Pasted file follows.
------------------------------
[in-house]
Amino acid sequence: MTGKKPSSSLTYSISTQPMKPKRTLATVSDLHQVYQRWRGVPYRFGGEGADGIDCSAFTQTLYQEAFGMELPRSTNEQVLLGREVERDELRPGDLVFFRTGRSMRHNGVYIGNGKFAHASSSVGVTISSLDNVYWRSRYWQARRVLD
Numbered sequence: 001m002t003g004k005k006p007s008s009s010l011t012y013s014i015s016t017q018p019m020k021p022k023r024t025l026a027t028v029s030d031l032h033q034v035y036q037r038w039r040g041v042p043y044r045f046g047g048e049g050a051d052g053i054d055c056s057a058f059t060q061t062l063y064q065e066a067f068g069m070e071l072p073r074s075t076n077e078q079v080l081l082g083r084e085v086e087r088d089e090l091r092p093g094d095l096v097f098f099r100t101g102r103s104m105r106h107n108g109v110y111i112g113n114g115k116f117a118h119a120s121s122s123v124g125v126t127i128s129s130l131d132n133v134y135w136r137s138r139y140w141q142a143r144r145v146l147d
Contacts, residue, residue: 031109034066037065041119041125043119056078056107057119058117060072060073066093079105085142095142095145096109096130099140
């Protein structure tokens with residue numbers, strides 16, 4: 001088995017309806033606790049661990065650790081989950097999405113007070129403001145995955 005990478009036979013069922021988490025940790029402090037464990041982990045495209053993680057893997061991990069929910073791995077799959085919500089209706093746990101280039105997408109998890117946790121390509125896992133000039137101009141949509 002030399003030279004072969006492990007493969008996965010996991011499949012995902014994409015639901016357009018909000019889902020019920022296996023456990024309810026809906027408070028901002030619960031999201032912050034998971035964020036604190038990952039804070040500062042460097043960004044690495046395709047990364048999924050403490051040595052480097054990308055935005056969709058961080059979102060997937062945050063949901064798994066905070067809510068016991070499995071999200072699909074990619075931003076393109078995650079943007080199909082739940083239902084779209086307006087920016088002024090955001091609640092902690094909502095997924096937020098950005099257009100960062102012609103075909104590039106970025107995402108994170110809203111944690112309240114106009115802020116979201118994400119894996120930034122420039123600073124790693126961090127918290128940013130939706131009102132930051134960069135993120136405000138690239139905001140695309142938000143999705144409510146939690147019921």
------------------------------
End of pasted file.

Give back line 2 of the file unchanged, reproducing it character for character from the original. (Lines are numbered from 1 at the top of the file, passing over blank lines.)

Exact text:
Amino acid sequence: MTGKKPSSSLTYSISTQPMKPKRTLATVSDLHQVYQRWRGVPYRFGGEGADGIDCSAFTQTLYQEAFGMELPRSTNEQVLLGREVERDELRPGDLVFFRTGRSMRHNGVYIGNGKFAHASSSVGVTISSLDNVYWRSRYWQARRVLD